Scratchboard Drawings: Organic Fractals
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These drawings are currently available through the Demossa Gallery.
For many years, during long quiet evenings, listening to music, watching television or sitting quietly with family or friends, I have spent that time with a sketchbook in my lap. For several years I worked with silverpoint, an ancient technique of drawing with a sharpened stick of silver wire on paper with a specially created surface. With silverpoint drawings, it is impossible to get a truly dark line, so the entire drawing remains elusive, a little ghostly. It is a beautiful finish, quite unlike the bolder chiaroscuro of my other work.
After seeing a friend’s first drawings on scratchboard, I was immediately intrigued. Drawing with an etching needle or special sharp, spade-shaped nib to scratch white lines through a prepared ink surface over a clay ground, I found a medium that was highly satisfying. It gave me the advantage of a full range of tonality between dark and light values, while still using a tool that felt comfortable and totally natural.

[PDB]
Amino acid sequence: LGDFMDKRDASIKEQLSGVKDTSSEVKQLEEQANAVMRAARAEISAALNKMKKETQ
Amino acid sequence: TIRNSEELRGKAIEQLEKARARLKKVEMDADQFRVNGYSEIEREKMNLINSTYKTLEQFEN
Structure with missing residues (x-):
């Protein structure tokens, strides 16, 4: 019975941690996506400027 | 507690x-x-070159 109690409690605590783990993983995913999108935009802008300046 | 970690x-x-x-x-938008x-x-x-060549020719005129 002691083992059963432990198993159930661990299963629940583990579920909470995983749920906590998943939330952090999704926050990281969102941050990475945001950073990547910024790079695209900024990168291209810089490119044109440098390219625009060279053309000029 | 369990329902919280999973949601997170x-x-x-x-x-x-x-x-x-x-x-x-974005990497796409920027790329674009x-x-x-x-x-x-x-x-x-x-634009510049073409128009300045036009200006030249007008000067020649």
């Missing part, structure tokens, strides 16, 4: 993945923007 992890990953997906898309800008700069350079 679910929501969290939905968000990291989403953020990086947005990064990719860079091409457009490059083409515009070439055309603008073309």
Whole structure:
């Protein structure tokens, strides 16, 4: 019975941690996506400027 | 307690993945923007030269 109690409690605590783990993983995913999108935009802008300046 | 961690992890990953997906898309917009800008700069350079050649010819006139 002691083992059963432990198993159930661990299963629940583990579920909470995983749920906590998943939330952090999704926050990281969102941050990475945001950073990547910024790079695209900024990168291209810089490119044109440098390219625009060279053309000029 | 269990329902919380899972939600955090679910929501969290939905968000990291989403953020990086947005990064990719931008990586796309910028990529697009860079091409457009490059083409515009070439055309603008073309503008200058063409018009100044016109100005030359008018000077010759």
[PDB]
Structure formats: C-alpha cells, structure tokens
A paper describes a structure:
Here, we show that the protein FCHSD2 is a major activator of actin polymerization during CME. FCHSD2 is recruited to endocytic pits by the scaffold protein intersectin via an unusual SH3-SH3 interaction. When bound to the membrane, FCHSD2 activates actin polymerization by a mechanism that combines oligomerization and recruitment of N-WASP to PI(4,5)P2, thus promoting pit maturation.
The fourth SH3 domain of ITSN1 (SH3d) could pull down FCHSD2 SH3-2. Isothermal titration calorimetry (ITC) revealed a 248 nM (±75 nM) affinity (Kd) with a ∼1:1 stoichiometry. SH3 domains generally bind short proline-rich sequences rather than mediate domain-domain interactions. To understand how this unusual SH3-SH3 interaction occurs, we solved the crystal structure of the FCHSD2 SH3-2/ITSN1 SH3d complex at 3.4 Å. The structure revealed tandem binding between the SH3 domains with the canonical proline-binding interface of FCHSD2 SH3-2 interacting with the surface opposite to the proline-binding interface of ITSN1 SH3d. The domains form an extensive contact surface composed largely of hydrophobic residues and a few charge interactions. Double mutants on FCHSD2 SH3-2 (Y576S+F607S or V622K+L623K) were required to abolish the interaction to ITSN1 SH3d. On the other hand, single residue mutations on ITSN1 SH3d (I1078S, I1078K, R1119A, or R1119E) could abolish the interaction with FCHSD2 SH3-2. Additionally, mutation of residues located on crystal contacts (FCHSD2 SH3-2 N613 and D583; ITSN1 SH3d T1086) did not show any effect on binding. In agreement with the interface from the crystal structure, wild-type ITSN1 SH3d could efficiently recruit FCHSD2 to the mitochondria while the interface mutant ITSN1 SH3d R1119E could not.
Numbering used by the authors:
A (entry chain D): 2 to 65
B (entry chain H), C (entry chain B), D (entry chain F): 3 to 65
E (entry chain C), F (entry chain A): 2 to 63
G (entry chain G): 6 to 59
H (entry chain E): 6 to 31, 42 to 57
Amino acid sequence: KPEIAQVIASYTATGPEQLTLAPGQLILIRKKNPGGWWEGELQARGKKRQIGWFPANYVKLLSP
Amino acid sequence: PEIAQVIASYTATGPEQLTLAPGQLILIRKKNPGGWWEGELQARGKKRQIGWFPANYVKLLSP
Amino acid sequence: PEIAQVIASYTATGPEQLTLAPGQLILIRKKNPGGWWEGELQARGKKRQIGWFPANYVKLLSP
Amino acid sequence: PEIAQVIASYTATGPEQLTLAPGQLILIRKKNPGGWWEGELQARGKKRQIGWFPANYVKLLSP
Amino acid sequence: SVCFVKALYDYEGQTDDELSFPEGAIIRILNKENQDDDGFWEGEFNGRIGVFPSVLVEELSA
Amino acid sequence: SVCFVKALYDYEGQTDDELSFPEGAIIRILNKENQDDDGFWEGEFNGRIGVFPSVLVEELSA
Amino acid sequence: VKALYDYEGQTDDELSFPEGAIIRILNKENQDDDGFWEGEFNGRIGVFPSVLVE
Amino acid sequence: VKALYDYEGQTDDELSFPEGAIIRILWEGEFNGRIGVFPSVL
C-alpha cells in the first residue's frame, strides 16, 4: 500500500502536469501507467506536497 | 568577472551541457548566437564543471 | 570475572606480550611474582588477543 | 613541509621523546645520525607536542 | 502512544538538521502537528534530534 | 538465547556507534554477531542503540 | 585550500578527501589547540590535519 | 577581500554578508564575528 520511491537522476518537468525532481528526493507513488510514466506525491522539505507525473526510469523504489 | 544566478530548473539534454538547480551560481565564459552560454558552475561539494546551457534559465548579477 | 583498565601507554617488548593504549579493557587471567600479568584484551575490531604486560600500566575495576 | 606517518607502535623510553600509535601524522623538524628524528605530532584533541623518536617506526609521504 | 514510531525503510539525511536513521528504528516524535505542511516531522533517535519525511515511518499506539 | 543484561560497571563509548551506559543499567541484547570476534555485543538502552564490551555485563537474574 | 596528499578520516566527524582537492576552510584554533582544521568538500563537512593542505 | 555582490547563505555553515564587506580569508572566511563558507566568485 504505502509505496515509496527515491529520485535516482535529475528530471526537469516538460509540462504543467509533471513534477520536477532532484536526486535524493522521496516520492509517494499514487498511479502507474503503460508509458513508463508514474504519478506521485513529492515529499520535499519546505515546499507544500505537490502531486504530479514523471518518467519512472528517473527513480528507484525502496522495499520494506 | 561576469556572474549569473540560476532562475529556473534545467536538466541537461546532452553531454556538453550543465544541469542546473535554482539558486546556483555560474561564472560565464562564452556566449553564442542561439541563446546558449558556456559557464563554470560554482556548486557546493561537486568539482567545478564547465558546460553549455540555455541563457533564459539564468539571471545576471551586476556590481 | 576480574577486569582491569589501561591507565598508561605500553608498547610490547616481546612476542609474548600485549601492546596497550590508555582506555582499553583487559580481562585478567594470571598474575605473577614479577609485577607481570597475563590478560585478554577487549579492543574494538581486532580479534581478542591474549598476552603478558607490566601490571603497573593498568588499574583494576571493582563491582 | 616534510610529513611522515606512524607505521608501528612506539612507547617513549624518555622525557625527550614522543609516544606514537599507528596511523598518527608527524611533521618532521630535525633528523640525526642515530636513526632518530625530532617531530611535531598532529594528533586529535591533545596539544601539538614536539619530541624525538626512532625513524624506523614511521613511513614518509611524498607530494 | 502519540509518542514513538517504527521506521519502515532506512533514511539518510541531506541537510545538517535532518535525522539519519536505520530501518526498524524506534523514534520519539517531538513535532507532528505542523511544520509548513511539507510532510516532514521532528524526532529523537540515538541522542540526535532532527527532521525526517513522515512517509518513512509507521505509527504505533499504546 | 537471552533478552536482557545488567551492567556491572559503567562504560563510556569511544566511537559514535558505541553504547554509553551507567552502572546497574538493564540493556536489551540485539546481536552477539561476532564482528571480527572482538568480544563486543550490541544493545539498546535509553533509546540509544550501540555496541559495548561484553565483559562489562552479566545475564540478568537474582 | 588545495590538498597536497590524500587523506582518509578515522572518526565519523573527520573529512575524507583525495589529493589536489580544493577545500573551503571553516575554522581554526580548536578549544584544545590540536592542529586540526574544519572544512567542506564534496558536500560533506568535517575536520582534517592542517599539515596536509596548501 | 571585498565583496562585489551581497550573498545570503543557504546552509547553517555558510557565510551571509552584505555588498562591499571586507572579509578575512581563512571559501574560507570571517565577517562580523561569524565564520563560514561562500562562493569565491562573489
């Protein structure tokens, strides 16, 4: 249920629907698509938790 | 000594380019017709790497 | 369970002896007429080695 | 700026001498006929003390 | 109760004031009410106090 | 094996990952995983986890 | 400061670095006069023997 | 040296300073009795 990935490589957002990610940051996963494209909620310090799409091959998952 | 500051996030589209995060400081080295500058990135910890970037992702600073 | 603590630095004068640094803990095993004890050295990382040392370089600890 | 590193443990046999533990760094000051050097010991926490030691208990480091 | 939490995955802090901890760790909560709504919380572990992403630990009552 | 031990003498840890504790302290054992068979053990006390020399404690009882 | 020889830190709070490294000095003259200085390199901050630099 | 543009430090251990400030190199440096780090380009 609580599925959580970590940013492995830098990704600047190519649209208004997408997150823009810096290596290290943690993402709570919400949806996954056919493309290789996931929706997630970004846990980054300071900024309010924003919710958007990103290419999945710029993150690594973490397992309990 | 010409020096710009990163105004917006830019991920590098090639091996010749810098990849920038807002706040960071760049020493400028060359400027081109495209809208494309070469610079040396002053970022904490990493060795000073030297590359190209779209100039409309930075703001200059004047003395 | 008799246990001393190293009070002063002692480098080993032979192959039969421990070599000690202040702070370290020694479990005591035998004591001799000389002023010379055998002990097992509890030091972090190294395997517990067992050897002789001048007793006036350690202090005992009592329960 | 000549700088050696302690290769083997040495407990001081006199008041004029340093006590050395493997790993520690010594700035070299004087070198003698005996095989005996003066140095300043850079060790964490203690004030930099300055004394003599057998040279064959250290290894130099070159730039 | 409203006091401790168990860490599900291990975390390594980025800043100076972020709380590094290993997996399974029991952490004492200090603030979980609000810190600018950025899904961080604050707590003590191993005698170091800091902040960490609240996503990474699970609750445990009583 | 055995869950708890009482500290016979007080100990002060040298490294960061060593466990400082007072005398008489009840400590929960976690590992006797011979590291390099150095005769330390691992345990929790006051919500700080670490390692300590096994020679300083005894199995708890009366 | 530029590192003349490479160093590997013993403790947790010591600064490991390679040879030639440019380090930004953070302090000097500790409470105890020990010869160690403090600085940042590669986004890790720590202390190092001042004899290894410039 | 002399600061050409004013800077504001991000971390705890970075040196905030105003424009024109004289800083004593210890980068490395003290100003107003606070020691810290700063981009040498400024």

In these drawings, whether with a stick of silver or a needle-like stylus, I can move the tool over the surface just a small distance, with the movement of my hand anchored in one place by my wrist. It moves in short, parallel lines, usually forming a curved plane. At the end of each series of strokes, I move my hand and continue, building up the volumes and directions slowly, deliberately, and yet without a preconceived plan of how the drawing will emerge. I find this practice exciting in its abstraction, whereas my other modalities of work are almost always figurative and determined.
Yet, these abstractions have a definite pattern of emergence. The forms are almost always organic, and mimic the process of creating fractals on a computer. Each form becomes a variable that is added to and developed to become part of a much more complex whole.
I called the first books of silverpoint drawings “Erotic Fractals.” The scratchboard drawings are more wide-ranging. I call them “Organic Fractals.”
Kathryn Jacobi July, 2013